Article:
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Santorum Accuses MSNBC Hosts of 'Gotcha' Journalism for Hammering Contraception Issue

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"Lets just deal with reality instead of what the media tries to do..."

The panel on MSNBC's "Morning Joe" has been hostile towards Rick Santorum during several recent segments. Despite this, the Republican presidential candidate appeared on the show Monday, 24 hours before the Illinois GOP primary to discuss the race and issues that have dominated the media coverage of his campaign.

Santorum earned an early chuckle from Scarbourough when he called rival candidate Mitt Romney a "big government heavyweight" in response to the former Massachusetts governor's claim that his primary opponent is an "economic lightweight."

After that, the interview became slightly less jovial.

When asked whether his campaign directed their candidate to back off positions on contraception, Santorum retorted that the issue was never about accessibility to contraception, but rather government mandates and the infringement of the state on the church.

"Well as you know Mika, the issue was not contraception, the issue was government mandated health insurance, and that to me is completely on message" said Santorum. "The federal government should not be mandating--first shouldn't be mandating any health insurance, and specifically going after churches and saying that they have to do things that are against the tenets and teachings of their faith.

"You know the left is very, very keen on talking about separation of church and state, when they mean that the churches and people of faith can't participate in the public square," said Santorum. "Where is the separation of church and state when the government wants to force churches and people of faith to do things that are against their faith."

Co-Host Joe Scarborough said that he and Santorum were probably on the same side during the Catholic Church controversy, but then brought up an interview the former Pennsylvania Senator had conducted back in the fall where he had emphasized his commitment to discussing contraception. As Scarborough began to ask if the candidate regrets saying that, Santorum began to chuckle.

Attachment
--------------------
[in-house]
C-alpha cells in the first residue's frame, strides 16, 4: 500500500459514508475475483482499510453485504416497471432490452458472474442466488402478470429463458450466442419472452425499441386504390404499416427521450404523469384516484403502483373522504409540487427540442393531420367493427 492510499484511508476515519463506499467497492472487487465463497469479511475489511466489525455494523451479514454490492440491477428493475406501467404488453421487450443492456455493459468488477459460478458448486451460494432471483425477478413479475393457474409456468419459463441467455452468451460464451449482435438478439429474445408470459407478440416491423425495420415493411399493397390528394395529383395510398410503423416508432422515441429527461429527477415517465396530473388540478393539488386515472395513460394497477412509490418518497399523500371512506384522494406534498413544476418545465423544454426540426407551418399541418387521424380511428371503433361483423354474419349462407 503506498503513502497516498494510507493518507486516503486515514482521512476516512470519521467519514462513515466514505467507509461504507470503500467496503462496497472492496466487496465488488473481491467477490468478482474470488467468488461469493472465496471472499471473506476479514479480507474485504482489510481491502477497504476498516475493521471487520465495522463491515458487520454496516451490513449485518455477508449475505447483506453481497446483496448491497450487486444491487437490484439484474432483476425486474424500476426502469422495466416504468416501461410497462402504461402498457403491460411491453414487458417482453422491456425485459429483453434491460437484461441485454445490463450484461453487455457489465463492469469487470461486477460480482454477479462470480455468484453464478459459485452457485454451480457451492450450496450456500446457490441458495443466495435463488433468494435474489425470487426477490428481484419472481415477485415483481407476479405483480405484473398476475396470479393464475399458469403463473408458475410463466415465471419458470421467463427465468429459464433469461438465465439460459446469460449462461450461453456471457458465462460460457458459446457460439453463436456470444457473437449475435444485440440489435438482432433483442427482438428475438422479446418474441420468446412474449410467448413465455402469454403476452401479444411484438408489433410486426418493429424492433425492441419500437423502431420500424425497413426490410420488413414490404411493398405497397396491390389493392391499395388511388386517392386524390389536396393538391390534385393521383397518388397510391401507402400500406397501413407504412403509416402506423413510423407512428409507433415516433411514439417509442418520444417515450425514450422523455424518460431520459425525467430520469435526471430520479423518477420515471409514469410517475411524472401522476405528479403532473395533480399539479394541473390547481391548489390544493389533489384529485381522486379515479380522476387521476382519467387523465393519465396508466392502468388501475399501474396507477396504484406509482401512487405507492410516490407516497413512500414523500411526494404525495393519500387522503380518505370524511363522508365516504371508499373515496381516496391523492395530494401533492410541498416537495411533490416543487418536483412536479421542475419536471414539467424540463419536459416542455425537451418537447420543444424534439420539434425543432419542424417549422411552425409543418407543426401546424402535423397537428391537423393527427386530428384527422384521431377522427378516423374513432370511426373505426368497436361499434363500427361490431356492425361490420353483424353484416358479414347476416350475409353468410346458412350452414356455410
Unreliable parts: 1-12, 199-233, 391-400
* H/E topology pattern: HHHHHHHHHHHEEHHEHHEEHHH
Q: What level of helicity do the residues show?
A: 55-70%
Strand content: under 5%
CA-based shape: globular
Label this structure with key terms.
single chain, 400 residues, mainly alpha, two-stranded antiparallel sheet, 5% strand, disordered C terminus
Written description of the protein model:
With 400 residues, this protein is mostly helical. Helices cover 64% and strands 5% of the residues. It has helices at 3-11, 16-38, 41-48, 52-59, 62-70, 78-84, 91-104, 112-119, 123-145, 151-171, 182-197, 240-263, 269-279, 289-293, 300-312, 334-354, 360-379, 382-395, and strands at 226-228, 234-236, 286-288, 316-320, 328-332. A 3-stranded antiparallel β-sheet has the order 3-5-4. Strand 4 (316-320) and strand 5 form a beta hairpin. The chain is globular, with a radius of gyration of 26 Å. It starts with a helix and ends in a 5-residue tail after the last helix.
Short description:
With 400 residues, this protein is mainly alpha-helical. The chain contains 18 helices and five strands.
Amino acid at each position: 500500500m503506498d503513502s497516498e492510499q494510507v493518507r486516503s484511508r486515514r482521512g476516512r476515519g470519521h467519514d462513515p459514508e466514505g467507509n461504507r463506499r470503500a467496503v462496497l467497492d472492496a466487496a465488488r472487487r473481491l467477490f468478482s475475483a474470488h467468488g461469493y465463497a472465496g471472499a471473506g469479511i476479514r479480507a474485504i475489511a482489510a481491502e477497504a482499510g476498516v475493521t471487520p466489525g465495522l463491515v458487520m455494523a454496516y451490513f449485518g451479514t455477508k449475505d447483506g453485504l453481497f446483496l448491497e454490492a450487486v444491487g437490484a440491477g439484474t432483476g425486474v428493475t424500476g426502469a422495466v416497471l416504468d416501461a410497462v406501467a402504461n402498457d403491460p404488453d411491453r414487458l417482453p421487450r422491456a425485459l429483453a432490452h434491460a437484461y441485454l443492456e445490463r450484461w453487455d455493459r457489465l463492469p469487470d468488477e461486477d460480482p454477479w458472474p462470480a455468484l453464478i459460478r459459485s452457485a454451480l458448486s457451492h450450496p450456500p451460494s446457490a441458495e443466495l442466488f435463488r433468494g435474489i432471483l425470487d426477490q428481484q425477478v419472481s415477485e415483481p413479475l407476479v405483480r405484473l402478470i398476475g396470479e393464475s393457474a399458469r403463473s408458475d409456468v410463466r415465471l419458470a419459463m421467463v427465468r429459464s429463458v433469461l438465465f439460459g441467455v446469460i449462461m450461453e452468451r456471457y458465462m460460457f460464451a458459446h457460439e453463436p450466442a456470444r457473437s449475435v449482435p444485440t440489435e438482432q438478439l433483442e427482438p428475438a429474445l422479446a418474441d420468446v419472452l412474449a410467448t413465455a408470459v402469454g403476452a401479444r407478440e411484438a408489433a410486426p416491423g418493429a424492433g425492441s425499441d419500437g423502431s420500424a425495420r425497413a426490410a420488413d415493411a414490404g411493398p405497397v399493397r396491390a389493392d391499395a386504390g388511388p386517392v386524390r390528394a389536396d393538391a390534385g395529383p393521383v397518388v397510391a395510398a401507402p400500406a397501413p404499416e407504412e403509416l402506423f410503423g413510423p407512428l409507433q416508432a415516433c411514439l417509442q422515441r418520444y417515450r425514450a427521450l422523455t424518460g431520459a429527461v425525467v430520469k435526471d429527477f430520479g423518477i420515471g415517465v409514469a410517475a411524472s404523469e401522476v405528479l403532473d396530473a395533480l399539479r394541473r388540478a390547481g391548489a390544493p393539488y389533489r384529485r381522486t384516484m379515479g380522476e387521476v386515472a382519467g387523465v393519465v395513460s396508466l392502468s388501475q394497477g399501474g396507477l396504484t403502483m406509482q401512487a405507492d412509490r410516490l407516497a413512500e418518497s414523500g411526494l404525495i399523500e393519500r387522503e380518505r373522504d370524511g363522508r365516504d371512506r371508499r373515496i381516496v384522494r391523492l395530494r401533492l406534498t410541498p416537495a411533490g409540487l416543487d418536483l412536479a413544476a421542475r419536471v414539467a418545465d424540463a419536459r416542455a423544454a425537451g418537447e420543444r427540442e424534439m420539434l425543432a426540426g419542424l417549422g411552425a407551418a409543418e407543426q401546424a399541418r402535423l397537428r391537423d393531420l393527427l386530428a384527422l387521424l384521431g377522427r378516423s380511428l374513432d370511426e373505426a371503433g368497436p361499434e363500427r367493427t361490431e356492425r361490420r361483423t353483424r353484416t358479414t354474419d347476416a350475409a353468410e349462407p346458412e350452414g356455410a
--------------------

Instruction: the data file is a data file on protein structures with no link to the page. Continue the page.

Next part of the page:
"You laugh about it, but I can give you chapter and verse" Scarborough said before Santorum accused the former congressman, now MSNBC personality, of participating in typical “gotcha” journalism. Santorum clarified that he wasn't talking about access to contraception but the destruction of the American family, and its statistical connection to economic concerns.

As Santorum continued to answer the question, co-hosts Brzezinski and Scarborough appeared to engage in an an odd on-camera huddle, raising the question of how much attention they were really paying to the Republican presidential candidate's answer to their question.

Scarborough admitted that he has been critical of the focus on the issue of contraception, saying that since Santorum was on they wanted to address it, but appeared ready to move the interview on to other issues.

Santorum interjected.

"Lets just deal with reality instead of what the media tries to do which is to pigeon hole you and tell a narrative," Santorum said in an answer denying that he goes out of his way to discuss the contraception issue, but rather that the principle focus on his campaign has been Americans losing their freedom.

Scarborough appeared offended by the answer, and asked Santorum directly if he felt that he was trying to pigeon hole or stereotype the candidate. Santorum responded somewhat light-heartedly, “well, yeah, sure.”

After circling the wagons once again on the issue, tensions appeared to ease, and the interview moved on.

Santorum discussed his campaign's ability to win 10 states despite a campaign spending disadvantage, and pointed out his distinctions from opponents on climate change and big government spending.

"Rick Santorum just said he won ten states, and I just sort of--it's jolting," Scarborough presented to panelist Andrea Mitchell. "Here's a guy who was sitting at two percent in Iowa a couple of weeks before the election, he's (now) won ten states."

"And done it with a fraction of the money and organization," said Mitchell over Scarborough.

"With very little money, very little organization, and against the Death Star of American politics," Scarborough said of Santorum's success against the well endowed Romney campaign.

Santorum went on to discuss with the panel his stance on Afghanistan, his campaign organization, and whether anything has surprised him as a Presidential candidate.

Santorum's full interview on "Morning Joe" via MSNBC media player:

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